• Even more striking, a 2015 analysis by the consulting firm EY estimated that as many as 75% of India’s higher education graduates are not considered employable, with the situation particularly acute outside of the small number of top-tier institutions in the country.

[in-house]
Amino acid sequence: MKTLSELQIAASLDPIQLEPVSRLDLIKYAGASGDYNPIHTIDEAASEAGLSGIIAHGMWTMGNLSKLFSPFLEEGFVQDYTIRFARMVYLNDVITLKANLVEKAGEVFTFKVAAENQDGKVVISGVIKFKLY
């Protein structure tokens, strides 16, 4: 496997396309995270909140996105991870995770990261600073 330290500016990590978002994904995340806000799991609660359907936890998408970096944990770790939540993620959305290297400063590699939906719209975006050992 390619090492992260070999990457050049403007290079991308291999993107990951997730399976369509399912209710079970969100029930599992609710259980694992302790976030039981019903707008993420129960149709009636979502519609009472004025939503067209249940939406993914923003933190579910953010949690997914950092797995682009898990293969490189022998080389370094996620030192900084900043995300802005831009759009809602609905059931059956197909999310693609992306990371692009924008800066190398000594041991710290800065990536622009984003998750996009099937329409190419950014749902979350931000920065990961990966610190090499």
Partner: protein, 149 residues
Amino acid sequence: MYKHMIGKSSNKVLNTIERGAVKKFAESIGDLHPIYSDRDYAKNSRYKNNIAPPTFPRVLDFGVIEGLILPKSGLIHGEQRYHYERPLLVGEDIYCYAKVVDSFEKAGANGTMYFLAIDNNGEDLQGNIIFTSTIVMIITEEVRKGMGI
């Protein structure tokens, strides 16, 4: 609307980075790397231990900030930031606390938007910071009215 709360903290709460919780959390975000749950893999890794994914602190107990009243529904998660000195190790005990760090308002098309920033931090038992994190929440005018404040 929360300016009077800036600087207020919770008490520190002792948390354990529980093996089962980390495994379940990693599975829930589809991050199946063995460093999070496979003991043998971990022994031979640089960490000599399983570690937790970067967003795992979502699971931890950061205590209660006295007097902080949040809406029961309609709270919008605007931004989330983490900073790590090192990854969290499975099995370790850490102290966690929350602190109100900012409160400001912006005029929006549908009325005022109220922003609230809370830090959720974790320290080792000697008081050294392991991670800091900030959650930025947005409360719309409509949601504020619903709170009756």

Many of the issues swirling around these protests and troubling statistics point to the need for greater transparency with respect to reporting employment outcomes at the institution or programme level. They also highlight the need for stronger links between education programmes and the skills in demand within local or national economies. And now a new category of service provider has emerged in recent years that aims to give educators and education marketers new tools in this respect. These companies harness the power of big data to provide new insights into labour market requirements as well as the outcomes for graduates. College Measures, for example, provides rich data for prospective students that allows them to evaluate the ROI (return on investment) of individual programmes at US colleges. The service aggregates information on graduate earnings with other outcomes data to promote greater transparency in student decision making. It provides some data directly through regular reports and data services and has been deployed to date on dedicated sites for states such as Colorado and Texas. Other institutions are using new data services to better match their programmes and courses to employer requirements. Burning Glass Technologies is one such service. It scans millions of job openings in the US, across a reported 40,000 job-listing websites, to monitor demand for specific skills and qualifications. The company highlights the example of Lone Star College, a Houston-based institution with 90,000 students that began working with Burning Glass data in 2010. In the years since, Lone Star has closed three degree programmes, revamped several others, and launched nearly 30 new degree and certificate programmes targeted to emerging areas of employer demand. "With real-time, labor-time market data, we can conduct a scan of any occupation. We know who is hiring and what competencies and technical skills they need. We are making sure our programme choices and curriculum remain current so that our students are trained and ready for jobs employers need to fill," says Lone Star Associate Vice Chancellor Linda Head. The Chronicle of Higher Education has also noted that the use of labour market and graduate outcomes data is becoming more widespread among US colleges. Along with Burning Glass, other specialist firms in the field include Emsi and Chmura Economics. "[When it comes to] determining where to spend limited work-force-training dollars and what programmes to offer that will benefit students and the community, I think that being faster in collecting data will help colleges make these difficult decisions," said David Baime, senior vice president for government relations and policy analysis at the American Association of Community Colleges. Whether via such data services or otherwise, other education systems around the world are also taking up the challenge of boosting graduate employability. The Canadian province of New Brunswick, for example, announced a new task force on experiential learning earlier this month that aims to better equip graduates for the world of work. We can expect to see more such initiatives in the years ahead at the national, state, or local levels. Indeed, this may well be a new area of opportunity for collaboration between international partners, data services and educators alike. Given the increasing importance that students and families now place on employability, the scale and scope of this opportunity will only continue to grow. For additional background, please see "Is employability data an untapped resource for student recruiters?," "Is employer engagement in education the next source of competitive advantage?," and "The link between employability and international student recruitment."